I slowly guided Kari into my living room and sat her on the couch in front of the fireplace. I was both concerned and curious as to why she had come. I was uncomfortable, yet excited that she would open up to me again.
We engaged in small talk for just a minute until it seemed as if Kari was going to burst at the seams.
"I have something to say to you," Kari said through her tears.
I held my breath. In the past, conversations that began this way did not go well. However, this time something seemed different.
"I am so deeply sorry for all the pain we have experienced in our relationship over the years," Kari said, crying. "I don't want to go back and relive all the details, but I do want you to know how much I have missed my best friend over the years."
I stared in disbelief. I had so longed to hear these words from her.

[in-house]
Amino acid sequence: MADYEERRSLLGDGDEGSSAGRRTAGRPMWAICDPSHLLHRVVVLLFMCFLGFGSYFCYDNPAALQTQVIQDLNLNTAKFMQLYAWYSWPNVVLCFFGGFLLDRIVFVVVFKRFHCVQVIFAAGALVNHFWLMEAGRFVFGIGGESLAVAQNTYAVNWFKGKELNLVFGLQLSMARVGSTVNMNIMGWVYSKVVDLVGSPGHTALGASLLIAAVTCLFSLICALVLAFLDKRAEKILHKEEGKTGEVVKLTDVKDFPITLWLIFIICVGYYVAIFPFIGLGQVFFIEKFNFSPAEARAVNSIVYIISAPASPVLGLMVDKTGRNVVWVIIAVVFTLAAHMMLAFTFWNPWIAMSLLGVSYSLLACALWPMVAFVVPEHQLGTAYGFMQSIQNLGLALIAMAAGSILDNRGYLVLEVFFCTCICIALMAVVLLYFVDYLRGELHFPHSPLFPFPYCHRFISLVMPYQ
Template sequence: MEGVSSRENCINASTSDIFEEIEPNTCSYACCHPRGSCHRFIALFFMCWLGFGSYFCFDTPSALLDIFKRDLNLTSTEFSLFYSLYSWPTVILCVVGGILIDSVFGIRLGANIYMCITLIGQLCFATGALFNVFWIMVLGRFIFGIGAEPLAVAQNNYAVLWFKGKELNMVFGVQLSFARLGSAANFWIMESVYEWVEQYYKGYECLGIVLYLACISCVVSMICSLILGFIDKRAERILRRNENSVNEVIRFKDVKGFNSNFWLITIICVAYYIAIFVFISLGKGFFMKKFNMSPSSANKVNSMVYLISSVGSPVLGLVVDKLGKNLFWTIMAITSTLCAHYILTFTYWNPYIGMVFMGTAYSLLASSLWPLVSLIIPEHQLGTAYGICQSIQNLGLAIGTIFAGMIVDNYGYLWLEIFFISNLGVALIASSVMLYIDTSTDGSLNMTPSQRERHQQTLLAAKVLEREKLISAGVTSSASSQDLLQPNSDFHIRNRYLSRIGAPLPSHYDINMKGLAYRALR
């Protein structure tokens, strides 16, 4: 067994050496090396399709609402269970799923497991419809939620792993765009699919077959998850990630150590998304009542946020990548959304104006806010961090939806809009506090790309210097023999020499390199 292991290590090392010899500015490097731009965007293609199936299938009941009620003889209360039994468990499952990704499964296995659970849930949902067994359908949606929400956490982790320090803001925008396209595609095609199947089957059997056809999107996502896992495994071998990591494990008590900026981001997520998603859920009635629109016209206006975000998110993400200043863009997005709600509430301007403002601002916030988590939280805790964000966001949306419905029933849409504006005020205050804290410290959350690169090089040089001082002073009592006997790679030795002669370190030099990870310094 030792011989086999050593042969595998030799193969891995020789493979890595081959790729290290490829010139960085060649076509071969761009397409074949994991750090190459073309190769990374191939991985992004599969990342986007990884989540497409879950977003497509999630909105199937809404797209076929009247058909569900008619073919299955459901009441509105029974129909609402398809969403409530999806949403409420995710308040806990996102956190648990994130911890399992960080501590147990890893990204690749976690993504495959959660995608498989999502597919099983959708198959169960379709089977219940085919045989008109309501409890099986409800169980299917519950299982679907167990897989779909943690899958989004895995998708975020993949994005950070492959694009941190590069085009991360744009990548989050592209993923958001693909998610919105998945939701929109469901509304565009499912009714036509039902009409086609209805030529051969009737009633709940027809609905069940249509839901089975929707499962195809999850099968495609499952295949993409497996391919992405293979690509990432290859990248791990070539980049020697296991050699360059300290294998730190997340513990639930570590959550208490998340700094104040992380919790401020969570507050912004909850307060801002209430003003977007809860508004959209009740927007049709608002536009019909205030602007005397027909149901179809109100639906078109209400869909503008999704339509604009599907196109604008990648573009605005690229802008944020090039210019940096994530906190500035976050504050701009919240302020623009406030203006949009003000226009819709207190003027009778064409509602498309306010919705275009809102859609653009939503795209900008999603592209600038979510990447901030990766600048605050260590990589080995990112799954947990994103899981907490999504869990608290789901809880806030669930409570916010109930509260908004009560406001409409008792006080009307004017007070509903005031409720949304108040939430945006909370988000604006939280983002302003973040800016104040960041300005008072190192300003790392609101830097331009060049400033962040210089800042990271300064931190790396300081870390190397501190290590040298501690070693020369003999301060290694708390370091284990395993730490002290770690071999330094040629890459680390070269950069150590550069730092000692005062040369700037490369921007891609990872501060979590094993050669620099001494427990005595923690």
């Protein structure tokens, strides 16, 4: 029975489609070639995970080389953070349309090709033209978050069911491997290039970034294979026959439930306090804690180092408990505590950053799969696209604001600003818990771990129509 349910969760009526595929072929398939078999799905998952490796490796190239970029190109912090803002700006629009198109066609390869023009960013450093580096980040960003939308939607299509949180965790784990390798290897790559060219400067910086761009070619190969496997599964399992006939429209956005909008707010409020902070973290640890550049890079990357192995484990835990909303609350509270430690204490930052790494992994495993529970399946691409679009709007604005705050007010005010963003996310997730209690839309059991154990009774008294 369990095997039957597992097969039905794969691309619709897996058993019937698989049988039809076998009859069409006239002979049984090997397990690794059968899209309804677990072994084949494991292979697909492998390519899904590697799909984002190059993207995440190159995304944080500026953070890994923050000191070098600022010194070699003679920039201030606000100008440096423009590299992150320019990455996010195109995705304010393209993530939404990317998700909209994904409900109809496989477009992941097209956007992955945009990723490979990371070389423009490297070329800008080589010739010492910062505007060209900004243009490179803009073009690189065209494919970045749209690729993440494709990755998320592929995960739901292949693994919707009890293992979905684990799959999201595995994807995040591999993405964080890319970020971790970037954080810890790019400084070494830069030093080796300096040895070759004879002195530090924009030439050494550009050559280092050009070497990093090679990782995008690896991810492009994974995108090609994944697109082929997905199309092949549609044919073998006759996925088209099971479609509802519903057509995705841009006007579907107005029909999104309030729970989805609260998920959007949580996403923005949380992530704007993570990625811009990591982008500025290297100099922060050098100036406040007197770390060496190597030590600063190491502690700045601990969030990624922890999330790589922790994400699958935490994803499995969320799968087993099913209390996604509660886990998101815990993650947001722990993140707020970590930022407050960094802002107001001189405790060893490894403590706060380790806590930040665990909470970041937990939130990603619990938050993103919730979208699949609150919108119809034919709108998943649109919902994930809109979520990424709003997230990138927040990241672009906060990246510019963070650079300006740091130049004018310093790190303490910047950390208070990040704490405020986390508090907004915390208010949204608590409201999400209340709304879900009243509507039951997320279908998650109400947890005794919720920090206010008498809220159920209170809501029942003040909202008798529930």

"I want to give you something," Kari said as she handed me a small box.
It was beautifully wrapped in silver foil. Hanging from the gold ribbon was a card. I opened it slowly and cautiously.
Erin, You are my closest friend and now my sister. I want to give you this gift as a reminder to both of us. A reminder of the love we share and the commitment we have to one another not only as friends, but as family.
As tears streamed down both of our cheeks, I unwrapped the paper and removed a small green box. Opening the hinged lid, I pulled out a beautiful, tiny bracelet. It was sterling silver and made with a continuous string of hearts. Kari took the bracelet and placed it on my left wrist.
"Erin, this is a symbol of our friendship-a friendship that will never be broken and that will never end," she said. "You are my sister and I love you. I want this bracelet to serve as a reminder of the commitment that we share to walk through the good and bad times together. I feel stupid admitting this to you, but I bought this bracelet a long time ago and never gave it to you."
Can you imagine?